I agree it is far better to deal with it yourself. I am writing the ads and compiling the list in case I die suddenly.
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Postby Diego » 07/08/11 01:28 PM

I can't recall the title similar topics have been discussed, but they have, regarding preserving collections for the future.

Please read, "Double Fold", by Nicholson Baker, and his articles in The New Yorker, regarding how librarians have been literally dumping books/papers that don't fit their agenda.
In a previous thread, it was noted that the New York S.A.M. Assembly realized the best way to save the collection of magic books that had been donated to the NYC library, was to take them OUT of the library, before what was left was stolen/damaged/discarded.

Like any estate, listing what you have and leaving instructions of what you want done with it, is good for your peace of mind, and a gift for your family, when they have to deal with it during that difficult time.
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Postby Diego » 07/08/11 01:40 PM

Many who heard the late Dr. Albo speak last November, learned who and where they WOULDN'T want their collection to go to, or their family dealing with.

The late William Lindsay Gresham, in his last letter to his wife before he died, listed who to give items to. It was a different time when magic collecting was more of passion, than a market.
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Postby Joe Pecore » 07/08/11 01:51 PM

erdnasephile wrote:
Diego wrote:This topic has been pursued in previous threads...


Diego: I searched for a previous discussion on this topic on Genii Forum and came up empty. May I please ask which threads were you able to find? I'd be interested to know what those discussions said as well. Thanks!


Maybe this thread: http://www.geniimagazine.com/forums/ubb ... ber=102738
Share your knowledge on the MagicPedia wiki.
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Postby Diego » 07/08/11 03:23 PM

Yes, that is the thread I was mainly referring to...It also more accurately tells what the NY SAM, was/has been doing with the NYPL magic collection. Please read that thread for important advice and examples.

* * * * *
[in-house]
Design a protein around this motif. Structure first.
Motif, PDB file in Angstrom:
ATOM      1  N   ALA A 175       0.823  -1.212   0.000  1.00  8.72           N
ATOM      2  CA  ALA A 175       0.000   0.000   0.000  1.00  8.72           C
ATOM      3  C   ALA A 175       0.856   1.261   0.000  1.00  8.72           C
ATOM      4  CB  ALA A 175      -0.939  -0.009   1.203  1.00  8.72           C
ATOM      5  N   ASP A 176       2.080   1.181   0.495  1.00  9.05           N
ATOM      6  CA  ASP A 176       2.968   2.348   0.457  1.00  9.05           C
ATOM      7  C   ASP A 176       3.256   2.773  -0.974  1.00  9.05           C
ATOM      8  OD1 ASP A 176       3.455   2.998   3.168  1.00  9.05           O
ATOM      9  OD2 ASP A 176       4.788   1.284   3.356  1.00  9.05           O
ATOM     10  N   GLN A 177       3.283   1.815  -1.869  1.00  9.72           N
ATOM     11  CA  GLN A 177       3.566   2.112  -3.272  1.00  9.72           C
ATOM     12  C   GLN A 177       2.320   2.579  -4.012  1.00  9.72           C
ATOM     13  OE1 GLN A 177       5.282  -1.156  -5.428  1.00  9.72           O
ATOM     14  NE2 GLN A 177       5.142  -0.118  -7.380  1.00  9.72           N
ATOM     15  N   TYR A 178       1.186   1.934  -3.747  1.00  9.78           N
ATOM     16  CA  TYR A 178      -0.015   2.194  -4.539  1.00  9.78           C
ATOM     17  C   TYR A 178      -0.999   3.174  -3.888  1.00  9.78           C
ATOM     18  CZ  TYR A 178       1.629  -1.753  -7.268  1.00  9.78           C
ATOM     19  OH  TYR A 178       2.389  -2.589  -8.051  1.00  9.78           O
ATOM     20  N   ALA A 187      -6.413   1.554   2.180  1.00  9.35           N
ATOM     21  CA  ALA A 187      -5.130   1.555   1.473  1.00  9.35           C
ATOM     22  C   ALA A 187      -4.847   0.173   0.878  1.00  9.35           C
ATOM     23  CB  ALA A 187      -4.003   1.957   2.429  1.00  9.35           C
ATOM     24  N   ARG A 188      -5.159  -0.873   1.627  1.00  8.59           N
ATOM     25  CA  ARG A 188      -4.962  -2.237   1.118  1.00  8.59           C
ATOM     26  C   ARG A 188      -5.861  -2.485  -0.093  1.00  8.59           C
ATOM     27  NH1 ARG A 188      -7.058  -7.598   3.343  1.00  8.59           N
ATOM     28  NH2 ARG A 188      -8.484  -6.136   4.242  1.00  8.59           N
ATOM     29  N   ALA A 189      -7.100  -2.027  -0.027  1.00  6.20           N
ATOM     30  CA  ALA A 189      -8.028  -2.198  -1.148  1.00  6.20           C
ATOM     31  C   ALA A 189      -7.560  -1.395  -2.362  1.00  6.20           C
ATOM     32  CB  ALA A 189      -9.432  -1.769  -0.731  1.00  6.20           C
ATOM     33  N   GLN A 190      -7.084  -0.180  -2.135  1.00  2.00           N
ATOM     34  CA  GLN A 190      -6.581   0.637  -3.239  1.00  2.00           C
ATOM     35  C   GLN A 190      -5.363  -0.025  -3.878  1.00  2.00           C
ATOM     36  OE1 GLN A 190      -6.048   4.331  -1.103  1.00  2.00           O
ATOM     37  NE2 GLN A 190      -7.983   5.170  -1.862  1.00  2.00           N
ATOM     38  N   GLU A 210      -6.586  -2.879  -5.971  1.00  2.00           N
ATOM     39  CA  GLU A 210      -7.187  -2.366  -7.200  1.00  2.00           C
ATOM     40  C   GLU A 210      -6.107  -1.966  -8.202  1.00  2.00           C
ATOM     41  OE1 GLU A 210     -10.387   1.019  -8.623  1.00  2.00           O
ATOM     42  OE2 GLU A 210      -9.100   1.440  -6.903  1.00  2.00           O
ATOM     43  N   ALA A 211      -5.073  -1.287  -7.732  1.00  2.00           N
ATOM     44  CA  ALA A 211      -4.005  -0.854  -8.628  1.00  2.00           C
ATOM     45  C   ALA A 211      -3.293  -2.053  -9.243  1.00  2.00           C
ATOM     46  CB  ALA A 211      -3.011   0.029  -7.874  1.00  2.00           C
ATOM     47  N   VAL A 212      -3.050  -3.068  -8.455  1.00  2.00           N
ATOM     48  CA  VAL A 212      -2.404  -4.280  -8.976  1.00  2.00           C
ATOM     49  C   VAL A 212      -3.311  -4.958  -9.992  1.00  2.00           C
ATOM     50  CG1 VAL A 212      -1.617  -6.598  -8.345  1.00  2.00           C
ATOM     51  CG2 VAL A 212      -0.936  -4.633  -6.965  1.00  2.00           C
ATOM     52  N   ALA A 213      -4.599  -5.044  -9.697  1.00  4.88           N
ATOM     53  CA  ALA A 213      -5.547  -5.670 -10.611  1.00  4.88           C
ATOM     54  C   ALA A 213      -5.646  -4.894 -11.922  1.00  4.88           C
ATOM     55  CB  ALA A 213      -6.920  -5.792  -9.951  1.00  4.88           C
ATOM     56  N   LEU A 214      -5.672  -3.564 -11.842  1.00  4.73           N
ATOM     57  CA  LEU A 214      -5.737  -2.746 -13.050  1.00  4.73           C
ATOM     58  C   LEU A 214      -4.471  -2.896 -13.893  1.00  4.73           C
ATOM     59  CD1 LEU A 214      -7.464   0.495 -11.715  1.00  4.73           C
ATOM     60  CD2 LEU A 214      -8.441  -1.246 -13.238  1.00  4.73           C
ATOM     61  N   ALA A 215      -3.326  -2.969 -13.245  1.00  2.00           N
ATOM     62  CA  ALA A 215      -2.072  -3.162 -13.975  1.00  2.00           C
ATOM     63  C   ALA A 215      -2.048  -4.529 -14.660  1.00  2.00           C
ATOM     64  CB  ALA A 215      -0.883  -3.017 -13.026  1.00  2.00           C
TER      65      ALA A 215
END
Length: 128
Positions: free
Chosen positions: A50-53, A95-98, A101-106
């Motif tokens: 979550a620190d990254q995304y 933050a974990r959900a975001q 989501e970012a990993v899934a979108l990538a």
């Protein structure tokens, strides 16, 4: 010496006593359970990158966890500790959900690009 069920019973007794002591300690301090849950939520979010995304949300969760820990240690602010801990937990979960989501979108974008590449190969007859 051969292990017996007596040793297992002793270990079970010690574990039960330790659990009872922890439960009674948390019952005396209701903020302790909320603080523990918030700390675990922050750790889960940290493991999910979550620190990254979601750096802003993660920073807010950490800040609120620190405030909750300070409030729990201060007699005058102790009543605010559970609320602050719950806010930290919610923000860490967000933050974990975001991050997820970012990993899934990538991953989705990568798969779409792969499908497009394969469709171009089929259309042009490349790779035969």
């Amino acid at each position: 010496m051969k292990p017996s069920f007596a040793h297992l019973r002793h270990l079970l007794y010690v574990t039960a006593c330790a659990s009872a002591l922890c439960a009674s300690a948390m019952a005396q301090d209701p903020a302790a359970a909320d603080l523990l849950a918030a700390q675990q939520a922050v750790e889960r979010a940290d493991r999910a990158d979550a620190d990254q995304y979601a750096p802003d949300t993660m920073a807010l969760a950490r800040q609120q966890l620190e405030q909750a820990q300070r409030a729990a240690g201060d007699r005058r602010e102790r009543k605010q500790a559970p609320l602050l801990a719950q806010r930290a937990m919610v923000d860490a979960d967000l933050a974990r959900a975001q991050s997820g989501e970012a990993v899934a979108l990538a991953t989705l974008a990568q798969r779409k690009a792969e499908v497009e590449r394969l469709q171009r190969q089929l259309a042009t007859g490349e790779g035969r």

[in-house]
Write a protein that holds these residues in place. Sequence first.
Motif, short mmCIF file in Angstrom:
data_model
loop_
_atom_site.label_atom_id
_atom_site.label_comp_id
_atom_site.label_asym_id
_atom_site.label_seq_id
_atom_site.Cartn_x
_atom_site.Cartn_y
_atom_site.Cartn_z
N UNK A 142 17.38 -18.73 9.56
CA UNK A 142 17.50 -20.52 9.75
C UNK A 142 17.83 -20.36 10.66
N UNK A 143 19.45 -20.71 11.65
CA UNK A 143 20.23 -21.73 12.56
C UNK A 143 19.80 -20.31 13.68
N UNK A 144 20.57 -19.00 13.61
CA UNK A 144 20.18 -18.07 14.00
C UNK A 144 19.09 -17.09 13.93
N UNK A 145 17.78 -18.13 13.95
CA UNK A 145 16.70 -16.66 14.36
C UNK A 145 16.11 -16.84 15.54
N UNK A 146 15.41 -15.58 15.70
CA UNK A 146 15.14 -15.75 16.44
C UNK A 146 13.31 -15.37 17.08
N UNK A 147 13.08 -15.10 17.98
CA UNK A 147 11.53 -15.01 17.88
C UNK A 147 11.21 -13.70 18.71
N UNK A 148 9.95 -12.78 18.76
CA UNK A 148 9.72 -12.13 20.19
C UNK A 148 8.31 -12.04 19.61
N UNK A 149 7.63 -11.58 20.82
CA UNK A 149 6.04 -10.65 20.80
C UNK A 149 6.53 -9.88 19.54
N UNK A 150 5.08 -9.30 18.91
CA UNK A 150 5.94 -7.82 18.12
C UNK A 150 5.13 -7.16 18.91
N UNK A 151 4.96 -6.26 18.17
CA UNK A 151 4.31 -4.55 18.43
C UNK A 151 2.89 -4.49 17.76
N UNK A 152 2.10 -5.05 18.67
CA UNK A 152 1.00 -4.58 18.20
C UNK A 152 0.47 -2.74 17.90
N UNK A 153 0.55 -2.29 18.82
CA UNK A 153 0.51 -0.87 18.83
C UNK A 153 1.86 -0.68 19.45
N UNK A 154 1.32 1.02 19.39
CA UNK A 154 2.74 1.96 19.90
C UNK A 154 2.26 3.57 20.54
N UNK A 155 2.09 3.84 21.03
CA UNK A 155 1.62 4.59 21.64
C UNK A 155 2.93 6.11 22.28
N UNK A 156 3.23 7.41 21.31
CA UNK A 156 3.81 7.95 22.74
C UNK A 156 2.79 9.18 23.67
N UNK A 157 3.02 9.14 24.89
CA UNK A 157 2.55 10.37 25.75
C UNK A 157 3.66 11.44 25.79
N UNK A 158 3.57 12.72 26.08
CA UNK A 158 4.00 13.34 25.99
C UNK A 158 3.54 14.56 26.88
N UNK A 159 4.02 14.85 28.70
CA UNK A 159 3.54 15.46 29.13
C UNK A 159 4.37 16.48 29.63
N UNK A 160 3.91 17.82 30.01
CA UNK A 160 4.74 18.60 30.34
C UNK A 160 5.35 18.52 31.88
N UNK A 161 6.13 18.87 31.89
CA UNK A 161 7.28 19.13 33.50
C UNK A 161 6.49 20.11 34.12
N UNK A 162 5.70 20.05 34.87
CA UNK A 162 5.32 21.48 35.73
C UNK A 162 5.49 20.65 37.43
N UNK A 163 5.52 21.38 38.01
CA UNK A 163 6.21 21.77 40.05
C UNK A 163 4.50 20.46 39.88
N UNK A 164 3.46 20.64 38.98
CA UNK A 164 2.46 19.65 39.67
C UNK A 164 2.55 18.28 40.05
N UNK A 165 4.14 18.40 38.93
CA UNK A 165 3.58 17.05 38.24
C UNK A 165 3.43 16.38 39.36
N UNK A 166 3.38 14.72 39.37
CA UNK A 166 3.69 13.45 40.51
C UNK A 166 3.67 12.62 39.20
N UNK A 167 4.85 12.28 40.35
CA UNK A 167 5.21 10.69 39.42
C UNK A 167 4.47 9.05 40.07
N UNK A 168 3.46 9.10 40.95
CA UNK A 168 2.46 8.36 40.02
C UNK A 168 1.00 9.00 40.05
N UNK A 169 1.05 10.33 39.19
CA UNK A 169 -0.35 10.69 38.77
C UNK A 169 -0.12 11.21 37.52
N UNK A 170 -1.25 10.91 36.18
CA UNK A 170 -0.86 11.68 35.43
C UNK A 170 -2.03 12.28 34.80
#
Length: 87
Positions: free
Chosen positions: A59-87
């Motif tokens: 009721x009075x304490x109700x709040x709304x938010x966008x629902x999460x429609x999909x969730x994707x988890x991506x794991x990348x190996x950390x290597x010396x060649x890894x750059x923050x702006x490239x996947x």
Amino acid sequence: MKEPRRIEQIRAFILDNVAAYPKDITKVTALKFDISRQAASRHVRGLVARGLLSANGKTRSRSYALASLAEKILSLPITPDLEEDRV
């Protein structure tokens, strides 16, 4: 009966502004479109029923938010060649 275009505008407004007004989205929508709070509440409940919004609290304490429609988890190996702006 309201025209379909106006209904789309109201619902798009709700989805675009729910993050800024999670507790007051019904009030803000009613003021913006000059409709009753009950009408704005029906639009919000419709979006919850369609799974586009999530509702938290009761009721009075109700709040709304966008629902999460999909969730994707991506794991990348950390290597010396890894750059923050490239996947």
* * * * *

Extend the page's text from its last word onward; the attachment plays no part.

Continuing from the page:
Reminder also to read Leo Behnke's fine book, "The Preservation of Magic", for knowing what to do and not to do.

Too many libraries having parking lot sales of "that old stuff."
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Postby Dustin Stinett » 07/08/11 08:08 PM

While I hope to get rid of everything before my death, as a friend recently told me, I don't have an expiration date stamped on my foot. So since I do not want to sell it all today, and I could drop dead tonight, I have written instructions for my wife and kids in case that happens. While they will not get "retail" value, knowing who I trust and what the approximate wholesale value is, makes the burden on them easier.

Unless, of course, Matt takes mine with him as well.

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Postby Joe Limon » 07/08/11 10:25 PM

I believe that Richard is quite right! Don't leave that burden to your loved ones to take care. They'll have plenty of things on their mind as it is. Having been an executor for three elderly family members who all passed away within a year of each other, I can tell you that you really have to be responsible for many things that simply weren't planned for and suddenly pop up. At the very least, make a list of what you have, the price you paid, and who you trust to give a fair evaluation of your collection. A simple spreadsheet or even handwritten Post-Its on each bagged item (with instructions!) or inside of each book would suffice. I have a Mac App on my MacBook Pro where I'm inventorying all of the magic related items I own. Not only can that make it easy for my loved ones, but also for my insurance agent in the event of a catastrophe. Look into it, there may be a PC version as well.

Personally, I've stopped "accumulating" stuff and I'm in the process of compiling a list to sell off the majority of my many effects, books, and magazines as I ease my way out of magic. Don't get me wrong, I'm not quitting magic, I've just found the perfect routines for me and feel like I should let the younger lads (or young at heart) have a go at my collection. I'm just keeping my most frequently performed items, sentimental props gifted to me from friends & family, and favorite books. Now that's magic!
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Postby Bill Mullins » 07/08/11 11:13 PM